Re-Start: Waking the Lion: Africa’s Reentry into the Market

In recent years African states have begun a concerted pivot toward agriculture and renewed interest in farming and aggro-processing.  Undoubtedly, the ability for African nations to produce and process its own food—ready for consumption and export would create new opportunities, but also guard against unforeseen humanitarian disasters like Covid-19. For African states, its greatest hit in 2020 has come at the hands of food scarcity and the evacuation of multinational jobs. Sadly Africa’s top companies (both long term and start-ups) are all foreign or not indigenous-owned.afro An October Global Finance report listed Alexandria Container and Cargo Handling Company S.A.E, Bowler Metcalf Limited and Bauba Platinum Limited as Africa’s top earning and employing companies.

For African states, its greatest hit in 2020 has come at the hands of food scarcity and the evacuation of multinational jobs.

Evidently, more political and economic changes must be made to make running and scaling a business more lucrative for local populations. While African states have seen some influxes of investment, it seems many of its diaspora and local elites focus more on real estate sales and building luxury estates for retirement rather than businesses and thriving centers of commerce. It is unfortunate that the subsistence migration of the past didn’t result in ex-patriots sending home capital to create renewable wealth or industry. Nor did it result in major international business connections initiated by its diaspora in foreign countries. Instead, Africa’s local expansion has come because of joint Sino-

shoprite
ShopRite at the West Hills Mall in Legon, Accra Ghana

African infrastructure ventures, modest multinational investments, and finance technology that admittedly make it easier to do business. According to the World Bank, Doing Business Index, most African states rank lowest on the list (with the exception of Rwanda and Mauritius). This struggle for market entry ironically is most felt by local populations and monied diaspora seeking a window into the market.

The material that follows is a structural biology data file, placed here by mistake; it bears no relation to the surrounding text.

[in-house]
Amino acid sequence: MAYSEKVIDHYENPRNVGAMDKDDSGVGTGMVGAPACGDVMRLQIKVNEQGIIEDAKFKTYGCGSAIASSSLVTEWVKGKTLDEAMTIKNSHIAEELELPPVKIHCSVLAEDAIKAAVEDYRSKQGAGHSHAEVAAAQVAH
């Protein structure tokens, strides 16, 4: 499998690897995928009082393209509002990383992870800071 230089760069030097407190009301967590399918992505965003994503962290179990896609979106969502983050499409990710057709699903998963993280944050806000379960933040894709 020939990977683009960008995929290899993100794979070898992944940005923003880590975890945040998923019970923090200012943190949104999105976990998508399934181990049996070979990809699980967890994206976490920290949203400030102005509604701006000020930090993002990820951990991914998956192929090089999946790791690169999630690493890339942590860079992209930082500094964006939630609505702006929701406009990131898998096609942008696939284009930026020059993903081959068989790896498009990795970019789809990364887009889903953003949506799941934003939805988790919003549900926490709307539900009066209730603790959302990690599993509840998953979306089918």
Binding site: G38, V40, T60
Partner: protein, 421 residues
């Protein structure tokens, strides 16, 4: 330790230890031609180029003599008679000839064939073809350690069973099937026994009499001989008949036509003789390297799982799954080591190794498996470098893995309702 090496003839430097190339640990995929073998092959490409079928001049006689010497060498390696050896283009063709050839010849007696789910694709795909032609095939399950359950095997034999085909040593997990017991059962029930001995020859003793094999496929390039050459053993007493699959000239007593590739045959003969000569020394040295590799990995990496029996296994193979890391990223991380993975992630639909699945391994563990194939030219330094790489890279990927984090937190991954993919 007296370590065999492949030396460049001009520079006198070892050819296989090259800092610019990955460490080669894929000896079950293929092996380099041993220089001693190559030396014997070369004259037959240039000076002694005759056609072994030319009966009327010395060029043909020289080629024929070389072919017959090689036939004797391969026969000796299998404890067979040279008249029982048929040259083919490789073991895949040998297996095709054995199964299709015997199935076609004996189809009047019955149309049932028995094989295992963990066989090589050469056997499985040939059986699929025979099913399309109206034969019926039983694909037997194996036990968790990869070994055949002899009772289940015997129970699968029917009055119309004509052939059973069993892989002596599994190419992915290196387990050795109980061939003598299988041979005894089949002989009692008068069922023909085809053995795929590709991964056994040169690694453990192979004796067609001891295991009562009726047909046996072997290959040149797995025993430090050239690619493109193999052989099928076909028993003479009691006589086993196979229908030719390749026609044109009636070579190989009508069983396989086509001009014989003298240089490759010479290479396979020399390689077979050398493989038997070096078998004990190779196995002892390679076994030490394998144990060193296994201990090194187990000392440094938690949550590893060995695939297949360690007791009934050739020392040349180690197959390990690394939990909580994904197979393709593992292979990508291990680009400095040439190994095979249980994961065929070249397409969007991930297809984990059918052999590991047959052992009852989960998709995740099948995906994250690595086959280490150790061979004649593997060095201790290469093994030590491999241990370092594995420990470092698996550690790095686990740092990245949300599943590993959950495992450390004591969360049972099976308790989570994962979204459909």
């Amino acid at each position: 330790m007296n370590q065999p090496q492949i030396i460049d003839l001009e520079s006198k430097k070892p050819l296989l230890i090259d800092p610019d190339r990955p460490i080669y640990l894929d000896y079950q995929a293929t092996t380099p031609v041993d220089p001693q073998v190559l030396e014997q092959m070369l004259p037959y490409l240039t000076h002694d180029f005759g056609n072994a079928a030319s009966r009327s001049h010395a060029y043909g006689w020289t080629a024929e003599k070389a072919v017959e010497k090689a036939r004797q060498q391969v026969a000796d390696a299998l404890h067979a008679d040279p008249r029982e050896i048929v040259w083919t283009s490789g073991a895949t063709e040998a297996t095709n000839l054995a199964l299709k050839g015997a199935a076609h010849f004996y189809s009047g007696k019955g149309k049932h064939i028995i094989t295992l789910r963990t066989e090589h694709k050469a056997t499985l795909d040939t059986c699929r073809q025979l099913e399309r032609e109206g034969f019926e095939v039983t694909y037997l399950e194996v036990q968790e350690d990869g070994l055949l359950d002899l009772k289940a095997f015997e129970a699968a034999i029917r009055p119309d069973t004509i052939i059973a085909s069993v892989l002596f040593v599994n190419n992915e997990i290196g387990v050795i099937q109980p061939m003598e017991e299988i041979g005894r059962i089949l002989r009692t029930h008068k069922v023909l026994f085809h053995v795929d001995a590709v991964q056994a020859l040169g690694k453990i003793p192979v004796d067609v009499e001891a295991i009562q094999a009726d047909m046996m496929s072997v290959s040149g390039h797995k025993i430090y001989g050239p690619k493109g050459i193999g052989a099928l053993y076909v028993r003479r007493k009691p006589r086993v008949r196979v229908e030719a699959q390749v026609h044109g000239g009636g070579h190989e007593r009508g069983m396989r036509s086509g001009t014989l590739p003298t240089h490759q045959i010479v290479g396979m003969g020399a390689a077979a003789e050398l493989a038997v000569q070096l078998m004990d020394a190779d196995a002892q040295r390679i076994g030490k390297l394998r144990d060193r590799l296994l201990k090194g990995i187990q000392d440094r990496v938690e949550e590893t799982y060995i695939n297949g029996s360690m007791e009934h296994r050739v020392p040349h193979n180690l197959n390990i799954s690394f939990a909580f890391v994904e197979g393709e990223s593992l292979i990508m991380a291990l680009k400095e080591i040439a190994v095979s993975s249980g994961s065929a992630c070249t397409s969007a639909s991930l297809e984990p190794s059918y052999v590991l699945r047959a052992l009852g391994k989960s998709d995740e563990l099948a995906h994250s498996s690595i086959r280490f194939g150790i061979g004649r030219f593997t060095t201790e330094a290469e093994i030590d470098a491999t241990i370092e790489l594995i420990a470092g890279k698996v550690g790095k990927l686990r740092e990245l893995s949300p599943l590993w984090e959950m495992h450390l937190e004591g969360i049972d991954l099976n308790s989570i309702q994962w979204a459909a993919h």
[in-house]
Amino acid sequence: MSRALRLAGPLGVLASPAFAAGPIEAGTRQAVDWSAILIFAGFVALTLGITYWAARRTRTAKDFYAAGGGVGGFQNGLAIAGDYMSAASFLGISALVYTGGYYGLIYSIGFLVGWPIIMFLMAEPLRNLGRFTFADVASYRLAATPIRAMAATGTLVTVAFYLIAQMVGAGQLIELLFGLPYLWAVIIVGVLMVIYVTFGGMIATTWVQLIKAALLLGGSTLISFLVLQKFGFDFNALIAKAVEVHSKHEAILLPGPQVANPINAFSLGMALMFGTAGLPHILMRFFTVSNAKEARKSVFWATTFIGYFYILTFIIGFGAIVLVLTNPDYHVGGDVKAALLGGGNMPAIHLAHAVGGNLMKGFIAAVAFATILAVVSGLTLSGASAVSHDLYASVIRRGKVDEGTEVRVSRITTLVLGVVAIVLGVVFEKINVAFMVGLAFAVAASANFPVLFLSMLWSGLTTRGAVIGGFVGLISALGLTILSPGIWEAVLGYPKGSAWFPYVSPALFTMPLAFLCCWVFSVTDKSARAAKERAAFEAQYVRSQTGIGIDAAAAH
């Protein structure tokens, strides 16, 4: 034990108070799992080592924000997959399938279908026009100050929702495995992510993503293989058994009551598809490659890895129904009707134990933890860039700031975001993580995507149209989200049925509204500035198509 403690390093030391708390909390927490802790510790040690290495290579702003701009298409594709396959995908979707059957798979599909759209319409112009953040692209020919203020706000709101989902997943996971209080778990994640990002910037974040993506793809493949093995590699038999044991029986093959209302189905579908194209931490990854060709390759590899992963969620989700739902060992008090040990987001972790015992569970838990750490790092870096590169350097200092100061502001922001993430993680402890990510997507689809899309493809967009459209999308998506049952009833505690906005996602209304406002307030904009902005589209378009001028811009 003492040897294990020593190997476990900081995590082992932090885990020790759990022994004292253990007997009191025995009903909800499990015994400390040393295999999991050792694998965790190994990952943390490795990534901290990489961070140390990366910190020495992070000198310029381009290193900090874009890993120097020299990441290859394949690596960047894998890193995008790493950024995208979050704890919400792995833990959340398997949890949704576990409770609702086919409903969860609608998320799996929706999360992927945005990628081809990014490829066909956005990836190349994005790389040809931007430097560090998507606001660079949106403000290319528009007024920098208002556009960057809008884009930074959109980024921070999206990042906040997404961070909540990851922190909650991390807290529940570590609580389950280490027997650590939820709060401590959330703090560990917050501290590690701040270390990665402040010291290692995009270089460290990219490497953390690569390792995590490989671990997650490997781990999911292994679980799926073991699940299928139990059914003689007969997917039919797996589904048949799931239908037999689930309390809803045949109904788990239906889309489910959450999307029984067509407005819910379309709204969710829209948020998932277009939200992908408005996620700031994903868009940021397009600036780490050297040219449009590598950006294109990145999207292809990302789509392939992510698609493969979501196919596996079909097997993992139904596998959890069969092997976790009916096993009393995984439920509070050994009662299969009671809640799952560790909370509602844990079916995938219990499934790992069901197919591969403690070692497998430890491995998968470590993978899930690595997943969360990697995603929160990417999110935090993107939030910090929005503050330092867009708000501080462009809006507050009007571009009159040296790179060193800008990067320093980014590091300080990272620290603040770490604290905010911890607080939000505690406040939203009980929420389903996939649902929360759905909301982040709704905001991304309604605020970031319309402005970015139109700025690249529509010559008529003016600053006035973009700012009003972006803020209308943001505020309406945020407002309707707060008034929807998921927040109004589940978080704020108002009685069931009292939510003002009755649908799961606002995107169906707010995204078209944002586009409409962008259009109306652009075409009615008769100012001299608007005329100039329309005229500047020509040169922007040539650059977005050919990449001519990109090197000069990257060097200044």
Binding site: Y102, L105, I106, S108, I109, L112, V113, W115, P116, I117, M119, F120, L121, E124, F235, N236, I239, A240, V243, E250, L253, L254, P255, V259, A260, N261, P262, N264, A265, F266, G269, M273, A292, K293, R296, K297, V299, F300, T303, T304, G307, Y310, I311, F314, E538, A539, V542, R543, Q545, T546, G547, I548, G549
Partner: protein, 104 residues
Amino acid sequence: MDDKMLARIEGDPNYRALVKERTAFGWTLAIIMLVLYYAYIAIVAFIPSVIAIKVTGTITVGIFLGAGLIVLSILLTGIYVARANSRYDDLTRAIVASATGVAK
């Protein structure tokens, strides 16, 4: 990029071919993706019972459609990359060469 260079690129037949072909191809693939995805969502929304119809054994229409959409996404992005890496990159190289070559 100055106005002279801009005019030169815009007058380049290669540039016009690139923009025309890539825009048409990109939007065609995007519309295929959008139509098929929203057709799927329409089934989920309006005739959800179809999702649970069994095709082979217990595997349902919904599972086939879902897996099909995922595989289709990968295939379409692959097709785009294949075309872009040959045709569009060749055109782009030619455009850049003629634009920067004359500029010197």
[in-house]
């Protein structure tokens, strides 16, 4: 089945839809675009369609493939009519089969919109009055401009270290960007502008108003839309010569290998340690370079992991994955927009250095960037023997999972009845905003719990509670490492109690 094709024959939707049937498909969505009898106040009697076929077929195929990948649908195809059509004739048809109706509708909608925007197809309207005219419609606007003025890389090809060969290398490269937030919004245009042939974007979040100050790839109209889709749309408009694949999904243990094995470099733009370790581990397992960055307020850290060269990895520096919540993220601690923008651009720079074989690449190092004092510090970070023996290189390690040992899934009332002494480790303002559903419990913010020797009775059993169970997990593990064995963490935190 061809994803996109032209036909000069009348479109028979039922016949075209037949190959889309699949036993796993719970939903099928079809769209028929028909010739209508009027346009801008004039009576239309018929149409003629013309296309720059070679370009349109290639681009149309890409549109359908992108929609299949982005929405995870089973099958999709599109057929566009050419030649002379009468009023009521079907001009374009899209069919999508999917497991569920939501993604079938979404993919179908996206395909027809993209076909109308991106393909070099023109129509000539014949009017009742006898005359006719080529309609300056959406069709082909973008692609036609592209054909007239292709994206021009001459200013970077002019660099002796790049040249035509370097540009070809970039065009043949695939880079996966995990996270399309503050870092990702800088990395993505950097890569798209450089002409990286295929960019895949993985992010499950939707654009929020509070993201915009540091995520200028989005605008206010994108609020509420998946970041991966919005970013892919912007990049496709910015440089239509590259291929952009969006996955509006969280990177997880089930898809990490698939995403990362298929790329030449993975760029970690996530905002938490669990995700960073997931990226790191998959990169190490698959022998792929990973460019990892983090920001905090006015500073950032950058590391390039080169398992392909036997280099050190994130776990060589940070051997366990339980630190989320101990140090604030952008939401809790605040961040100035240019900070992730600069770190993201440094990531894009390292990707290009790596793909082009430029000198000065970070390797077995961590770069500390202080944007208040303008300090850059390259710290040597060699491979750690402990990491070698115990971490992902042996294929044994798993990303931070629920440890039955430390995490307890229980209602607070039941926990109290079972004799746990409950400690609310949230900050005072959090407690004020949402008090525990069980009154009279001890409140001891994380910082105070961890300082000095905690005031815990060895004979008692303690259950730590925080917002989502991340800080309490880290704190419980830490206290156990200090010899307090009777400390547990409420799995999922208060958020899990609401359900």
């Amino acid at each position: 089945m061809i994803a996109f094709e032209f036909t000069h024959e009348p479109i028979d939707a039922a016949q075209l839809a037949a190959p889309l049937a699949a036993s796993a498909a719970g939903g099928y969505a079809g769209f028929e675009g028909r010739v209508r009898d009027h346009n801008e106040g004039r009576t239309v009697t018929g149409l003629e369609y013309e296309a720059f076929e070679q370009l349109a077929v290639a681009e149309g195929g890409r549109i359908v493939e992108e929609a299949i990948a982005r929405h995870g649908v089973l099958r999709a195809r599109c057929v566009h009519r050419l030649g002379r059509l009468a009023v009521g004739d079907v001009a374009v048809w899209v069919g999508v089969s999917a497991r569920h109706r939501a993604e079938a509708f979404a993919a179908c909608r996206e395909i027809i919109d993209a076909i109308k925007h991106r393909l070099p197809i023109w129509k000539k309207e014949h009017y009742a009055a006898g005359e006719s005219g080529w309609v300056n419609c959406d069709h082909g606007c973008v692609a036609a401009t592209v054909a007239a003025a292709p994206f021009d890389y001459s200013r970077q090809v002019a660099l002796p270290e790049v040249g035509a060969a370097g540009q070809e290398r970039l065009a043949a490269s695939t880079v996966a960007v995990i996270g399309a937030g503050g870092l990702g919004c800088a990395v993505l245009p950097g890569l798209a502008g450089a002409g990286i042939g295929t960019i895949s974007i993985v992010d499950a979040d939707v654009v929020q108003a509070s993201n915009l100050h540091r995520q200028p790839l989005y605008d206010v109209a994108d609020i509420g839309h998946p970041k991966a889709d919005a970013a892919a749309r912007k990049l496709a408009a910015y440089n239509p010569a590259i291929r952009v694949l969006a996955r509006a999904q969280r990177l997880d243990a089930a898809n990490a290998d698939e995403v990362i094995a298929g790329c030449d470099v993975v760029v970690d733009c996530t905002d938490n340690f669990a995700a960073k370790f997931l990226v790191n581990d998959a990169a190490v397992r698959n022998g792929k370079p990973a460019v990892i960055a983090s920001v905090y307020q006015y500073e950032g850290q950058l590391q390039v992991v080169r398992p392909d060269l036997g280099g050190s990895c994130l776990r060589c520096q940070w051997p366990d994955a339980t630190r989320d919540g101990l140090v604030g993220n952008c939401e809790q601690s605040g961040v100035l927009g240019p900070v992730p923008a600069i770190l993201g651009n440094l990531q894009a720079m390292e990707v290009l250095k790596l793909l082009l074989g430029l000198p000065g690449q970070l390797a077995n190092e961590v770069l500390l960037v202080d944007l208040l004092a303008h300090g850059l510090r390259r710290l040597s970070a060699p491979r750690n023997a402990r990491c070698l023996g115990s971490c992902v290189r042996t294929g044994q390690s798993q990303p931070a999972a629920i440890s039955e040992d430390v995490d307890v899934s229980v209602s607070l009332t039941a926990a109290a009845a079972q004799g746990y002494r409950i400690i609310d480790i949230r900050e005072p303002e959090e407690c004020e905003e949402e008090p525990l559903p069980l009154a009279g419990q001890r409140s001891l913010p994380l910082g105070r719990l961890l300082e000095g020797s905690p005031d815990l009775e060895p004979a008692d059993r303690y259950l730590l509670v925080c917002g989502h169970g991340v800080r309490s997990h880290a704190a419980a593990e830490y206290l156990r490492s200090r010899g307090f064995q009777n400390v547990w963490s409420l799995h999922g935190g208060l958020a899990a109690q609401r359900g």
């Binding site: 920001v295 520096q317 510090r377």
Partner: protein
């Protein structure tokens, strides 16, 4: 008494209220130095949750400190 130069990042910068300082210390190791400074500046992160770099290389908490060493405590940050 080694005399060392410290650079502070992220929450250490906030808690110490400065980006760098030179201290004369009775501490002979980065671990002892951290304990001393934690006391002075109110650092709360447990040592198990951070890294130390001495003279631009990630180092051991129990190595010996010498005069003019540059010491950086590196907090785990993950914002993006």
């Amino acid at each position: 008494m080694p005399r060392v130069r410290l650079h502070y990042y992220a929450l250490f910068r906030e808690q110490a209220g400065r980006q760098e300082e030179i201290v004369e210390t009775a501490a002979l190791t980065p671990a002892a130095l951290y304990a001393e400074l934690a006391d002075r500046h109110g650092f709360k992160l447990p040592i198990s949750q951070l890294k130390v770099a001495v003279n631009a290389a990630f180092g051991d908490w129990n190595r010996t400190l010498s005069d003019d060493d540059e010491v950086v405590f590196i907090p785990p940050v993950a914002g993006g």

It is unfortunate that the subsistence migration of the past did not result in ex-patriots sending home capital to create wealth or industry. Nor did it result in major lucrative international business connections initiated by its diaspora in foreign countries.

Despite Nigeria’s reputation as the Giant of Africa, it is Mauritius, South Africa and Namibia which provide the highest per capita wealth for its local population. Wealth is not being held by local people which creates endemic instability and growth barriers. This means African states suffer from choleric pockets of wealth surrounded by a sea of disenfranchised populations. While hope is on the horizon for the upcoming, AfCTA (which has seen setbacks due to COVID-19 and destabilization in the Sahel [Mali, SudanIMG_20180610_092557_272.jpg and Niger]) Africa’s greatest work will be empowering its local populations with access to markets, equipment, capital and industry specific education that galvanizes the majority. Perhaps Africa’s greatest threat to growth are the large multinational companies that dominate local markets and ruthlessly suffocate local competition. Dangers also lie in multinationals employing large numbers of the educated population, shifting alliances and patriotism and making African economies dependent on foreign finance. The unsaid horrors of mass unemployment also looms above its educated and elite classes when geopolitical or humanitarian crises arise like COVID-19, causing such companies to close up shop and leave the economy in shreds. Africans both locally and in governance will need to begin to think outside of the imperial box to find solutions for industry, economy, and the future for sustainable growth beyond 2021.

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